Small Wars Journal

Questions Remain Over Pentagon’s Strategy to Pivot Towards a Large-Scale Conventional Conflict

Questions Remain Over Pentagon’s Strategy to Pivot Towards a Large-Scale Conventional Conflict by Ashley Roque - Jane's 360

When Pentagon leaders defend their fiscal year 2020 (FY 2020) budget request early next year, there could be mounting pressure to detail precise plans for how they are prioritising spending and shifting towards a 'great power competition' with China and Russia.

Nearly 11 months after the release of the new National Defense Strategy (NDS), it is still not clear if Department of Defense (DoD) leaders have a firm grip on what the shift means, according to key members of the congressionally mandated NDS Commission.

In late November, the commission released a 99-page report detailing its findings on the NDS, defence policy, and making a case for increased DoD spending…

Read on.

Comments

Given my comparison, in my comment immediately below, of:

a.  The containment and roll back strategy of the Rest; this versus the expansionist Soviets/communists during the Old Cold War; this, in comparison to:

b.  The containment and roll back strategy of the new Rest; this, versus the expansionist U.S./West post-the Old Cold War;

Given my such comparison, let's look at what was called the Reagan Doctrine back in our Old Cold War days:

BEGIN QUOTE

Reagan Doctrine, 1985

The “Reagan Doctrine” was used to characterize the Reagan administration’s (1981-1988) policy of supporting anti-Communist insurgents wherever they might be. In his 1985 State of the Union address, President Ronald Reagan called upon Congress and the American people to stand up to the Soviet Union, what he had previously called the “Evil Empire”:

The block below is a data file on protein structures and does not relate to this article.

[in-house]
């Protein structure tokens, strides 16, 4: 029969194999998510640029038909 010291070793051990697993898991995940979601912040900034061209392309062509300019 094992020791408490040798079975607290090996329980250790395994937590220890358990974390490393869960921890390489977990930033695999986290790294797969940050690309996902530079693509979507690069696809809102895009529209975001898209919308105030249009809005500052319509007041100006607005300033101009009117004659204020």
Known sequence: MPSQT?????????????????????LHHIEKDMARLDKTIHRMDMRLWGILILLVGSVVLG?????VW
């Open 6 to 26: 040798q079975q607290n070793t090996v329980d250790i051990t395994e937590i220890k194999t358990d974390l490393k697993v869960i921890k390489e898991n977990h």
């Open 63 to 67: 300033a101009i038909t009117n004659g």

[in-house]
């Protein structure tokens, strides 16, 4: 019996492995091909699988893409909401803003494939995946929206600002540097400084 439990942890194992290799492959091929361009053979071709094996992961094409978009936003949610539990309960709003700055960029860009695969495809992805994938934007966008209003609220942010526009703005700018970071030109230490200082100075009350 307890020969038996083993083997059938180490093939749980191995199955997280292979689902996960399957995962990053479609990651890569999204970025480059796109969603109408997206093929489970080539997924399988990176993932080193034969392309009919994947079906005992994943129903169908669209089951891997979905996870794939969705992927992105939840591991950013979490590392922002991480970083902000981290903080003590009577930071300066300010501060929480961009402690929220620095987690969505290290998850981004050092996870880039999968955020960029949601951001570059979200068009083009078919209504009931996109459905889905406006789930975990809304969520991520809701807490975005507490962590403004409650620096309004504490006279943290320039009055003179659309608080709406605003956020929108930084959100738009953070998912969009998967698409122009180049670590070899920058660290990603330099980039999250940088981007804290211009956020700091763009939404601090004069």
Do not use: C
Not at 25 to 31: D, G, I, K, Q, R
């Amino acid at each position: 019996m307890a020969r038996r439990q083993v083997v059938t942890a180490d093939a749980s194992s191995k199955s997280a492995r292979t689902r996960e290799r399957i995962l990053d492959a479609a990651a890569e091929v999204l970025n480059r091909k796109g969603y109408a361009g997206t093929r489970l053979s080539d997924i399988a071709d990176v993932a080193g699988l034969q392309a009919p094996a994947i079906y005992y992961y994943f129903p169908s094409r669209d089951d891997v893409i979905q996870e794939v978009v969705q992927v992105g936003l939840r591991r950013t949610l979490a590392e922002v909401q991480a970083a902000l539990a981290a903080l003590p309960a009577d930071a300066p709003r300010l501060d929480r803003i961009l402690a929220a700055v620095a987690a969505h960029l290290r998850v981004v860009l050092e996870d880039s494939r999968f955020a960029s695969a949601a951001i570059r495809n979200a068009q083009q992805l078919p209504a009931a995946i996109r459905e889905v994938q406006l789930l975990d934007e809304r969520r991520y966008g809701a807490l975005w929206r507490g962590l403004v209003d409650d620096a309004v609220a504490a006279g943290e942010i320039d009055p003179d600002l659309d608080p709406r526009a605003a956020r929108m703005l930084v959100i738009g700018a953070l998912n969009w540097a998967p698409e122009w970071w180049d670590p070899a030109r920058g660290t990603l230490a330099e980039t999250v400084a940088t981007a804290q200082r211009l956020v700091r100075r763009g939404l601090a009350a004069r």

"We must stand by all our democratic allies. And we must not break faith with those who are risking their lives—on every continent, from Afghanistan to Nicaragua—to defy Soviet-supported aggression and secure rights which have been ours from birth."

Breaking with the doctrine of “Containment," established during the Truman administration—President Ronald Reagan’s foreign policy was based on John Foster Dulles’ “Roll-Back” strategy from the 1950s in which the United States would actively push back the influence of the Soviet Union. Reagan’s policy differed, however, in the sense that he relied primarily on the overt support of those fighting Soviet dominance. This strategy was perhaps best encapsulated in NSC National Security Decision Directive 75. This 1983 directive stated that a central priority of the U.S. in its policy toward the Soviet Union would be “to contain and over time reverse Soviet expansionism,” particularly in the developing world. As the directive noted:

"The U.S. must rebuild the credibility of its commitment to resist Soviet encroachment on U.S. interests and those of its Allies and friends, and to support effectively those Third World states that are willing to resist Soviet pressures or oppose Soviet initiatives hostile to the United States, or are special targets of Soviet policy."